Justice For Syria: How Satellites Can HelpSeptember 25, 2012
Newly released satellite images of Aleppo show a highly militarized city, with dozens of roadblocks throughout the city and military vehicles operating in its streets. We used satellite images a couple of months ago to ring the alarm over the increased risk of turning a highly populated area, such as Aleppo, into a battlefield. Our warning turned out to be justified. The weeks that followed saw indiscriminate attacks that have killed and injured scores of civilians in Aleppo and elsewhere in northern Syria.
Today’s analysis, released by the American Association for the Advancement of Science and based on imagery from August 9 and 23, provides a detailed follow up to our initial assessment from earlier in July. As the conflict in Syria escalates, the increased deployment of battlefield equipment and tactics in urban areas emerge in satellite images. Here are some of the key findings of the new analysis:
- Over a hundred roadblocks and fortifications, spread out through various neighborhoods
- A heavy presence of military vehicles and aircraft in and around the city, such as tanks or suspected attack helicopters
- Damage to infrastructure
- Scorch marks that likely stem from fire and explosions (some buildings can be seen in the images as actually on fire.
Syria’s deadliest month
The findings are indicative of how civilians in Syria are facing an exponentially higher risk
than several months ago. The bottom line is that if battlefield weapons and munitions are used in residential areas, the number of civilian casualties significantly increases. It comes as no surprise then, that according to the United Nations, August was not only the deadliest month, but also the month that led to the highest number of people fleeing Syria since the beginning of the uprising in March 2011. More than 250,000 Syrians are now registered refugees in neighboring countries, a number that could sky-rocket to 600,000 by the end of the year.
Our own crisis researcher documented individual cases of what devastating impact unlawful military tactics have on civilians. Her account from Aleppo includes evidence of entire homes that are bombed to nothing more than dust. Just last week, she reported from other towns and villages in northern Syria, where government forces have carried out indiscriminate attacks that killed civilians—in other words: war crimes.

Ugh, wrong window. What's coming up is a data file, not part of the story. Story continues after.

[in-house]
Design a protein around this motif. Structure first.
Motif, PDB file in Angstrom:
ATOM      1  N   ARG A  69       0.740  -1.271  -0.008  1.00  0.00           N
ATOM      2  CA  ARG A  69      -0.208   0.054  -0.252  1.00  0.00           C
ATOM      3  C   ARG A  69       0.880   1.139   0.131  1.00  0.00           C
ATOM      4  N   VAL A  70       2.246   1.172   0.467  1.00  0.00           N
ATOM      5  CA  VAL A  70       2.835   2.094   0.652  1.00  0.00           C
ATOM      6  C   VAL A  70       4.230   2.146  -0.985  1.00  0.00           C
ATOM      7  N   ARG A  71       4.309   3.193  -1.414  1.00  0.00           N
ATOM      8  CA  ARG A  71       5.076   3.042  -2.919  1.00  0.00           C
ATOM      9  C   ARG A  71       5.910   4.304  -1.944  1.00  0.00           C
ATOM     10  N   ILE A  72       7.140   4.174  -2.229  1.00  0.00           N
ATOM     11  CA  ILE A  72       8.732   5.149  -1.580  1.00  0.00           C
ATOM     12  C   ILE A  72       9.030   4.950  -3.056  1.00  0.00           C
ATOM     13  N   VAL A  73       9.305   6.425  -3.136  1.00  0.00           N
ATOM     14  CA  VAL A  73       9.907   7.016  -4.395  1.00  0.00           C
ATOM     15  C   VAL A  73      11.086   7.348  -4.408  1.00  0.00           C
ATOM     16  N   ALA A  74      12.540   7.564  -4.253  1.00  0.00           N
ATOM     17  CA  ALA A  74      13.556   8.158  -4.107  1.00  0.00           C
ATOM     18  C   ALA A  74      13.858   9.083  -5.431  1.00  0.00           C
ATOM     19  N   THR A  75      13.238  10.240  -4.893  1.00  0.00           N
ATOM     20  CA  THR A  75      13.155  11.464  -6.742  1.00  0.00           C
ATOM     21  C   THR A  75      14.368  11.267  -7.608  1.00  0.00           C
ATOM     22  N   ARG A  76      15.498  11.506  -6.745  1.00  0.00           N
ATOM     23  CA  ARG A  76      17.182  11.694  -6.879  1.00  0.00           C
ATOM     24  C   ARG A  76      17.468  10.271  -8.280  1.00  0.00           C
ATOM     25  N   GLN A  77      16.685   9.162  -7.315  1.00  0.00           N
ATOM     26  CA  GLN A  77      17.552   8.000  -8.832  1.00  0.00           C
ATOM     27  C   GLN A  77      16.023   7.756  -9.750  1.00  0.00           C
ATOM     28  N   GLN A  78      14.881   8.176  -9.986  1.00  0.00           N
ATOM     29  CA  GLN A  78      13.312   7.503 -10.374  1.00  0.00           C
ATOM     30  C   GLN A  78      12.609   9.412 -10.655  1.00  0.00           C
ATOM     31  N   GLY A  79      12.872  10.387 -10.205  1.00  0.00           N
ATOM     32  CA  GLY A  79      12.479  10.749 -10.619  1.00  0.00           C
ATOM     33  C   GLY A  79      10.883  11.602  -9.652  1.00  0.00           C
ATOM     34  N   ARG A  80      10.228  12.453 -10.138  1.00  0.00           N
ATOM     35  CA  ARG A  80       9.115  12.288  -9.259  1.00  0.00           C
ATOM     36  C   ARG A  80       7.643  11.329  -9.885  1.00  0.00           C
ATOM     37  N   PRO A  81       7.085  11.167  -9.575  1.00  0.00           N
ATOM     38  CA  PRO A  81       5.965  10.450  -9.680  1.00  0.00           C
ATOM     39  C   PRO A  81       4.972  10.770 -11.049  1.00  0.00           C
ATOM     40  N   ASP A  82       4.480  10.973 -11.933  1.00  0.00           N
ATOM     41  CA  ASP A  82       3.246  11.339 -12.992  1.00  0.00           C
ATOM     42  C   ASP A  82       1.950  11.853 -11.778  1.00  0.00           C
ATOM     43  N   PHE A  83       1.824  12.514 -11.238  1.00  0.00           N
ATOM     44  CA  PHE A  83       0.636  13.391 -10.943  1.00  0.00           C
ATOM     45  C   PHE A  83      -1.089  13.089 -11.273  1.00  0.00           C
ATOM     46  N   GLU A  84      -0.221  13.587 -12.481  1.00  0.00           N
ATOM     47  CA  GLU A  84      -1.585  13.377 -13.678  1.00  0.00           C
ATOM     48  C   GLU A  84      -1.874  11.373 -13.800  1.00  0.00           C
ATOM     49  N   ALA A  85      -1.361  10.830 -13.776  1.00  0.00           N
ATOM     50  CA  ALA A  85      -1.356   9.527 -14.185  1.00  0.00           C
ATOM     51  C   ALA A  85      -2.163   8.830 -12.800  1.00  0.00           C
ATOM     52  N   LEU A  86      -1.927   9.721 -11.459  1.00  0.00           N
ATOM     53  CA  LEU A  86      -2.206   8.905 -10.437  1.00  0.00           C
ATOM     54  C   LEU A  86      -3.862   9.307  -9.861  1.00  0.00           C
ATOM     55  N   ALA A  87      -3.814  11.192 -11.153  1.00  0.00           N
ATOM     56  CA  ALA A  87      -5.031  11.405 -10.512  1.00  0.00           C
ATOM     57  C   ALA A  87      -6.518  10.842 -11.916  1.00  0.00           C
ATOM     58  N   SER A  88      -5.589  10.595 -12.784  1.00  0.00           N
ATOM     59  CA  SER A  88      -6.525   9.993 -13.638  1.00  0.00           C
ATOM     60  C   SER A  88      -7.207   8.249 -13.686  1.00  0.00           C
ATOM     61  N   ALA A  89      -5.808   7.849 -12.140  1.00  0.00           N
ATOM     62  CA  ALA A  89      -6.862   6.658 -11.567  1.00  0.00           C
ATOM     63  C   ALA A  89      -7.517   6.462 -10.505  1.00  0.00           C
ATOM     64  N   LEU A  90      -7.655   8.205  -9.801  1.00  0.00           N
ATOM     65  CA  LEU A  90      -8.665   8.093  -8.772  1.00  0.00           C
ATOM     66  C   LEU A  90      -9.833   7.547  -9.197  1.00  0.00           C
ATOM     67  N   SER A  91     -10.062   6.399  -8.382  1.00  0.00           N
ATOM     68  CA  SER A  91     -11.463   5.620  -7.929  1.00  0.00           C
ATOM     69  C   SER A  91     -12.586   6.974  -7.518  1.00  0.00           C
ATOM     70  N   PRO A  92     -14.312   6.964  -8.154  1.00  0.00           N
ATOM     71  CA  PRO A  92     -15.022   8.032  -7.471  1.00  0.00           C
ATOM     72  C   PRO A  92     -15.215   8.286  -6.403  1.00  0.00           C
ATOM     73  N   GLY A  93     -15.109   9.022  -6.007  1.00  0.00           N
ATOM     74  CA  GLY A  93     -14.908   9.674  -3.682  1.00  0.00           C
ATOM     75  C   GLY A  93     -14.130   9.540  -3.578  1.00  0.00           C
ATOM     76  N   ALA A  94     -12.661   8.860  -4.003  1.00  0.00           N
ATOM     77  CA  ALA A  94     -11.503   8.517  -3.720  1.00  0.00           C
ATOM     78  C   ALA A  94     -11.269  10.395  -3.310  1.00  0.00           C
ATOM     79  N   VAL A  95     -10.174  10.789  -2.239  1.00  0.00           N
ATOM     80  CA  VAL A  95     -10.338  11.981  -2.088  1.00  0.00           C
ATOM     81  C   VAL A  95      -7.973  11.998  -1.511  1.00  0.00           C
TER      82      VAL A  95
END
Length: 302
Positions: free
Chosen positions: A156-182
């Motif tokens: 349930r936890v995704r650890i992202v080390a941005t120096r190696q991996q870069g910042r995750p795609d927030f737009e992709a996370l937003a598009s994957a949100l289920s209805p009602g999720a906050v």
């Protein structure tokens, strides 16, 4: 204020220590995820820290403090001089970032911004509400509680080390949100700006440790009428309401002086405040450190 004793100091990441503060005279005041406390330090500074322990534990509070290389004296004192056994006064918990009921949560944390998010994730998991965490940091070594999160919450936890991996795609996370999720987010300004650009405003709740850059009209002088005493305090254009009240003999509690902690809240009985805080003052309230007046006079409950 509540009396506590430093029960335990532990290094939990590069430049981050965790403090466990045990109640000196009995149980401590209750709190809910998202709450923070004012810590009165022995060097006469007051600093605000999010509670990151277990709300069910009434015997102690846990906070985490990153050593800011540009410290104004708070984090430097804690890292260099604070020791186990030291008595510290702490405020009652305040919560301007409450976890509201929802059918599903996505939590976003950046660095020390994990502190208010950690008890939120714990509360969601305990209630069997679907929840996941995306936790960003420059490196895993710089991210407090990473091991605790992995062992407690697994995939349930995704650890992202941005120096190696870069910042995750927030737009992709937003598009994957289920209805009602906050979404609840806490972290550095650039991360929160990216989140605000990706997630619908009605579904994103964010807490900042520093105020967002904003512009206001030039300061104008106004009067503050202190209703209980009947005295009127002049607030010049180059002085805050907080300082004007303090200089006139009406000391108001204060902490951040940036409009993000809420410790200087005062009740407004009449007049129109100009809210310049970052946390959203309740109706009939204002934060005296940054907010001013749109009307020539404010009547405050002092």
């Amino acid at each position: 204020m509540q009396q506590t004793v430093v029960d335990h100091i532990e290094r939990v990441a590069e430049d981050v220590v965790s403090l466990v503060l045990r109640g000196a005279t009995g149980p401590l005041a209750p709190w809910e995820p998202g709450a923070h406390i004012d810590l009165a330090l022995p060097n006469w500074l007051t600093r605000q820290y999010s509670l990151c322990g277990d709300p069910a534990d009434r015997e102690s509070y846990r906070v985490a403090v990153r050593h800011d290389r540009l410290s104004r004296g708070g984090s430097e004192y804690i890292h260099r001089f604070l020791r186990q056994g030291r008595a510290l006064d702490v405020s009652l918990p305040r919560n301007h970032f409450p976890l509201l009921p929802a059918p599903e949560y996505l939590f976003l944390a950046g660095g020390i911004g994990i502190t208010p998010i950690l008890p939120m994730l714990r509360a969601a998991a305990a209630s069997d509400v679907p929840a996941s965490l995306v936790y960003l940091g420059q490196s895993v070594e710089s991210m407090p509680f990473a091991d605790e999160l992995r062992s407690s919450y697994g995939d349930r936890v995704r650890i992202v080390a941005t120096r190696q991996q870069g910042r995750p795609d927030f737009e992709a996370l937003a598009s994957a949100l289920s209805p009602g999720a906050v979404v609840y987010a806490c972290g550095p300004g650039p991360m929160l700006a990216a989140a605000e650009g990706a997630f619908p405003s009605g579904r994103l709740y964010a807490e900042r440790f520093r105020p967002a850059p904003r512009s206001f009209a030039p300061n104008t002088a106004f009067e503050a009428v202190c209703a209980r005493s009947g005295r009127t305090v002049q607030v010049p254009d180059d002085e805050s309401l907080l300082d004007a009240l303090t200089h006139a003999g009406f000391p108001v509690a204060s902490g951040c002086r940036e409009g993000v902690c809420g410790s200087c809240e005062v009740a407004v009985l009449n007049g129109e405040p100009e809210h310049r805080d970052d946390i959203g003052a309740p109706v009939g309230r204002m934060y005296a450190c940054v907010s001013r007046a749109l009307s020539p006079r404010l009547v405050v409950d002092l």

Why are satellite images relevant?
This new assessment of risk to civilians in Aleppo is only the most recent effort to use remote sensing for human rights documentation. In fact, I have documented around thirty efforts by human rights organizations that have capitalized on satellite technology to document violations over the last decade. Another trend is that international investigations are increasingly using evidence collected through satellites in their work. Most recently, the UN Commission of Inquiry relied in part on satellite images to reconstruct events around the Houla massacre and to determine responsibility – subsequently finding that Government forces and Shabbiha members were responsible for the killings in Houla. Human Rights Watch also recently referenced satellite images to determine culpability for the Daraya massacre.
Previous investigations that used satellite images include the conflicts in Darfur, South Ossetia, and Libya. Here’s an excerpt from the Darfur inquiry:
The Commission has received and examined a great number of reports which document both the systematic and widespread destruction of entire villages and hamlets in the three states of Darfur. A number of reports have presented satellite imagery clearly documenting this widespread destruction.
Many of these investigations by international organizations regularly result in the creation of judicial proceedings, including at the International Criminal Court (as was the case with Darfur), or are used as evidence to prosecute the alleged perpetrators. Sticking with the Darfur example, then-ICC Prosecutor Luis Moreno Ocampo used satellite imagery of destroyed villages in his July 2008 application for an arrest warrant for Sudanese President Omar Al-Bashir on charges of war crimes, crimes against humanity and genocide.
In a highly imaged area such as Syria that leads to daily image collections, it is possible to “go back in time” through the archive of commercial satellite image providers. As the Houla example shows, this is significant to determine the responsibility of the various parties to the conflict, and potentially identify specific military units or militias operating in the area. This will be crucial for upcoming court proceedings, which aim to determine individual criminal responsibility for the atrocities committed in Syria—and I am convinced that this is only a question of when this going to happen, not if.
PS: Make sure to sign our current online action in support of a congressional resolution calling for the International Criminal Court to investigate the situation in Syria.